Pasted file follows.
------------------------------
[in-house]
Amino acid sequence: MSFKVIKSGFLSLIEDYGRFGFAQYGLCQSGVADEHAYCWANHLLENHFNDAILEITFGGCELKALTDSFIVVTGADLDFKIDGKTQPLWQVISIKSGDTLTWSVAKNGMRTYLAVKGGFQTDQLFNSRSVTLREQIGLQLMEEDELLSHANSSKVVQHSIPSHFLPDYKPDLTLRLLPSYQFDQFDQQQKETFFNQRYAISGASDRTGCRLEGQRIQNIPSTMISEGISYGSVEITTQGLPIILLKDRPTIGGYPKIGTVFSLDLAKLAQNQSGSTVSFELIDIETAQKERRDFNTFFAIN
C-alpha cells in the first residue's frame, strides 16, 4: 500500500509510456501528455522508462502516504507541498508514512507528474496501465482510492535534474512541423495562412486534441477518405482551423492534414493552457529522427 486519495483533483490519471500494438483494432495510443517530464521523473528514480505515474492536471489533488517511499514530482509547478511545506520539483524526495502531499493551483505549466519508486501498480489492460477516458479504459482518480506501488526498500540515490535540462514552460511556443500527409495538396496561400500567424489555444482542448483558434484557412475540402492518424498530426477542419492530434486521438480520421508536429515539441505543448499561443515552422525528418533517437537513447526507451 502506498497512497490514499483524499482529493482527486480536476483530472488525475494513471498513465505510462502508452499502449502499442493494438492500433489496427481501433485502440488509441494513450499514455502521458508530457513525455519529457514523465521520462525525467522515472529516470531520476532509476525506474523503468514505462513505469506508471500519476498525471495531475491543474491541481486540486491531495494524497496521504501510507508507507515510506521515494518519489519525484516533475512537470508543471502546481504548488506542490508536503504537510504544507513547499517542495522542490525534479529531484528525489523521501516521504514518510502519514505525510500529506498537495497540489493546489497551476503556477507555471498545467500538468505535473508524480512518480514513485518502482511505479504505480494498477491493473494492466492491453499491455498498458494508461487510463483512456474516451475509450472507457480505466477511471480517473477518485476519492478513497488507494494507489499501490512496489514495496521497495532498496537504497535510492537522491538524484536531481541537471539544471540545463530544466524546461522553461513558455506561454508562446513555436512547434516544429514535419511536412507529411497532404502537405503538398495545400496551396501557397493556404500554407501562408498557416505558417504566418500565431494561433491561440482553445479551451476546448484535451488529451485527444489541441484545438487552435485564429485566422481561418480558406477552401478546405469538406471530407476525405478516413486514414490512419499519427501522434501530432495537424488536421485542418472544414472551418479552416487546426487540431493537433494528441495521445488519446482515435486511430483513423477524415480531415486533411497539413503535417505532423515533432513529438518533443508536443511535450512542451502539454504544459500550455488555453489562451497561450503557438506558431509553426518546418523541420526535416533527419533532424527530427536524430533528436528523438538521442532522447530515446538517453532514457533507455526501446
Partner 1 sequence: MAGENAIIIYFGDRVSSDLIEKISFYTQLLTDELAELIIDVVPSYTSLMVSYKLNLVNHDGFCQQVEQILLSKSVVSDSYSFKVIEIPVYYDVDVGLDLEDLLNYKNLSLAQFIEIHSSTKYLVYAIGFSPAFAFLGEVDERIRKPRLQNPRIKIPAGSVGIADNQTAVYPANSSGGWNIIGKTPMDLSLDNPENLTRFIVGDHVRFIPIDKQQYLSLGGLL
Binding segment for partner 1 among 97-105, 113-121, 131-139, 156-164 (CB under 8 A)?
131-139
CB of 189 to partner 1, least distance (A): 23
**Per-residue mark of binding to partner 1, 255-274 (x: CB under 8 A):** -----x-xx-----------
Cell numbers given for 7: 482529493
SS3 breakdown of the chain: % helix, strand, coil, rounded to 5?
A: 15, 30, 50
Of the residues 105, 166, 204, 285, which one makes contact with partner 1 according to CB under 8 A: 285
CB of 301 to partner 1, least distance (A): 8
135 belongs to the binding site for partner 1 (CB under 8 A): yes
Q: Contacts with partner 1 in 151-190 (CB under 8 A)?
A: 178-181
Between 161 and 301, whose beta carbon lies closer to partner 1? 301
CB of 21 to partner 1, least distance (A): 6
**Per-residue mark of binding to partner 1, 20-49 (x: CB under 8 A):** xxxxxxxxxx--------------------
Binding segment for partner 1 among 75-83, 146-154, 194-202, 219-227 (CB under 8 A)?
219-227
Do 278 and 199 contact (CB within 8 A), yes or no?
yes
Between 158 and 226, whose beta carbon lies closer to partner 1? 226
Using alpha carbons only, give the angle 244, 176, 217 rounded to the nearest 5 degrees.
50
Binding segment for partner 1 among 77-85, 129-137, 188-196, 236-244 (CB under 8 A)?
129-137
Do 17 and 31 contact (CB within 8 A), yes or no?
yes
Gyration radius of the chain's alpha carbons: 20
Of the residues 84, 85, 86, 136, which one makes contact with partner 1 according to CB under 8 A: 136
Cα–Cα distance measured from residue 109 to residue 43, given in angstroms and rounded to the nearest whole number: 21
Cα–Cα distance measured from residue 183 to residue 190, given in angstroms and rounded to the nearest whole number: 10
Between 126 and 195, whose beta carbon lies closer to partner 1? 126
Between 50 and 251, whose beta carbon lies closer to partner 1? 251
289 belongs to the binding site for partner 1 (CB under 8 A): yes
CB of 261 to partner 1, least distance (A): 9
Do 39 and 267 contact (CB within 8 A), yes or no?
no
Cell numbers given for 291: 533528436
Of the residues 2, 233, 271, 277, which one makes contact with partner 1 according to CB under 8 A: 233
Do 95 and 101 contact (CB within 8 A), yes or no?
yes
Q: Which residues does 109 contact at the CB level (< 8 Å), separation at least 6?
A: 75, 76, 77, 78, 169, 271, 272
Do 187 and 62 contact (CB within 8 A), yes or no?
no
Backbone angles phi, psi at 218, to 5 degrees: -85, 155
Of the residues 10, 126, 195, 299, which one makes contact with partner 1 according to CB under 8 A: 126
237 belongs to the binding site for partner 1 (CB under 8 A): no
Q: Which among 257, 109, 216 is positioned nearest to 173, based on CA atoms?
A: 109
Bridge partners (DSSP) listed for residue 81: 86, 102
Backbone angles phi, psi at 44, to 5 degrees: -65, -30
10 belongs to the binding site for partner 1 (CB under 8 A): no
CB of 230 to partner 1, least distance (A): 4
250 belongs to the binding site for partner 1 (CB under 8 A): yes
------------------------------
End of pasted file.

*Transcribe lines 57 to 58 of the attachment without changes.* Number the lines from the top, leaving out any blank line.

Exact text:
CB of 230 to partner 1, least distance (A): 4
250 belongs to the binding site for partner 1 (CB under 8 A): yes